Mandela The Spear and Other Poems

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Neither the poems, nor Okai himself, need my voice – the poet has long established himself as one of the towering figures in the field of modern African poetry in English.

Readers will find that all the familiar elements of the Okai signature are present – the declamatory posture of the poet – persona; the tactical deployment of assonances, the mobilization of memory; and remembrance; the constant mingling of customary codes and the violent conjoining of names from diverse epochs – all these and more are patently in evidence here.

It is this burning desire to celebrate the black experience and culture through the iconic figures who symbolize our struggles and triumphs, that governs the collection. We encounter names like Mandela, Cabral, Lumumba, Nkrumah.

— Femi Osofisan – Ibadan, Nigeria.

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Weight 0.200 kg

Atukwei Okai

Prof. Atukwei Okai was born in Accra, Ghana, in 1941, he had his elementary education in Northern Ghana, then attended Methodist Middle Boys’ School (Accra) and the Accra High School, before going to Moscow in 1961, where he earned his M.A. (Lit.) in 1967.

He has taught at the University of Ghana, Legon, since 1971 as lecturer in Russian literature at the Department of Modern Languages and since 1984 as Senior Research Fellow in African Literature at the Institute of African Studies. Professor Okai currently teaches at the University of Education, Winneba, Ghana.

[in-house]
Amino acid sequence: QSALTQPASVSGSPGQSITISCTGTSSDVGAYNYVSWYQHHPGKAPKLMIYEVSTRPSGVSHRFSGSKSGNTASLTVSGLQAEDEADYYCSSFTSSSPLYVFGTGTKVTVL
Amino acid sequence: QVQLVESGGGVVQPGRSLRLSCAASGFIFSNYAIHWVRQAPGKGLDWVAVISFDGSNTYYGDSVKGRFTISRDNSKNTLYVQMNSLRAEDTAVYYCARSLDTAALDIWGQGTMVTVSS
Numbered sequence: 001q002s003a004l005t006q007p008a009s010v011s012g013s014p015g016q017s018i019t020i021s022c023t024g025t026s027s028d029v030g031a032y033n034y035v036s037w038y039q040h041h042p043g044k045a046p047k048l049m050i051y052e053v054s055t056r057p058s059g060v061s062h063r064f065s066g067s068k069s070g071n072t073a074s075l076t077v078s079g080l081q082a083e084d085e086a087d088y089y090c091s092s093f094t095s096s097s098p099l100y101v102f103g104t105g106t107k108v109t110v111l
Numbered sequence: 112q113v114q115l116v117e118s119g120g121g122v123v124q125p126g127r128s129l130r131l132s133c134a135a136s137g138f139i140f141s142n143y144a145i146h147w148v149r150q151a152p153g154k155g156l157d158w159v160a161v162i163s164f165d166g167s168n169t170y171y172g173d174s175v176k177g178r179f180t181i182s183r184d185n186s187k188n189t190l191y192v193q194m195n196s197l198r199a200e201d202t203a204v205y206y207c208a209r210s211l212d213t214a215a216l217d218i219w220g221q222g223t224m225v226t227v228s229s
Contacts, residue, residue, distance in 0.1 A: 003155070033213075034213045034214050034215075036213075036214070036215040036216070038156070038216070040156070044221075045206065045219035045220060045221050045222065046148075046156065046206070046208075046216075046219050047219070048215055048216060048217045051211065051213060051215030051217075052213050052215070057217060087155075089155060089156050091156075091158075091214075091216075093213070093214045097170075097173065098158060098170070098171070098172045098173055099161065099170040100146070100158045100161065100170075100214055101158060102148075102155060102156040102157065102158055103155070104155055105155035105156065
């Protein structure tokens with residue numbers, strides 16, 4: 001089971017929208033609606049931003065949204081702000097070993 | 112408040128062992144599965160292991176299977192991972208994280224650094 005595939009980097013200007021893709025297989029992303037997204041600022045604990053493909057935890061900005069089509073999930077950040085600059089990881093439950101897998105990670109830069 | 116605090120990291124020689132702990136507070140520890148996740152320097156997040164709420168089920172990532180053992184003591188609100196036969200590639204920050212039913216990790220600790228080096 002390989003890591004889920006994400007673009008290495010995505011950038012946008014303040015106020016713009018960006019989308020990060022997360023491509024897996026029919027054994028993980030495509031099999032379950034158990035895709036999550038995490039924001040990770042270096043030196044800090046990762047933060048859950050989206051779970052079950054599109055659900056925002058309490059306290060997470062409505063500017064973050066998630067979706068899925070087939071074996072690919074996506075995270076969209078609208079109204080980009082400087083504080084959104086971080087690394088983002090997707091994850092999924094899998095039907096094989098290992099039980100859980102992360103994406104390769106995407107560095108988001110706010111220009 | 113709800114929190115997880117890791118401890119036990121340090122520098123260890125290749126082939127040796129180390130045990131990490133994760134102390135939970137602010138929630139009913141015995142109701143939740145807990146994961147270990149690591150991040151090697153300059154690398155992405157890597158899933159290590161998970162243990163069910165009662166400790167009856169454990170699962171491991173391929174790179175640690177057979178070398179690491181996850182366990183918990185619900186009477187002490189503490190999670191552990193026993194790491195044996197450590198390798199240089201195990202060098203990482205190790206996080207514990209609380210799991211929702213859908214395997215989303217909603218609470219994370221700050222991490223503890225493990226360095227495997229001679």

Okai’s poems have been translated into several languages and have appeared in anthologies and several prominent international journals.

He is very much a performance poet, and his poems are rooted in the oral tradition, virtually inseparable from traditional African music and dance. The poems are also politically radical and socially conscious, one of his great concerns being Pan-Africanism. Among his collections of verse are Flowerfall (1969), Oath of the Fonton-from and Other Poems (1971), and Logorligi Logarithms (1974). The last title juxtaposes the Ga and English words for the same mathematical concept, thus indicating Okai's parallel traditional and modern consciousness as a poet.

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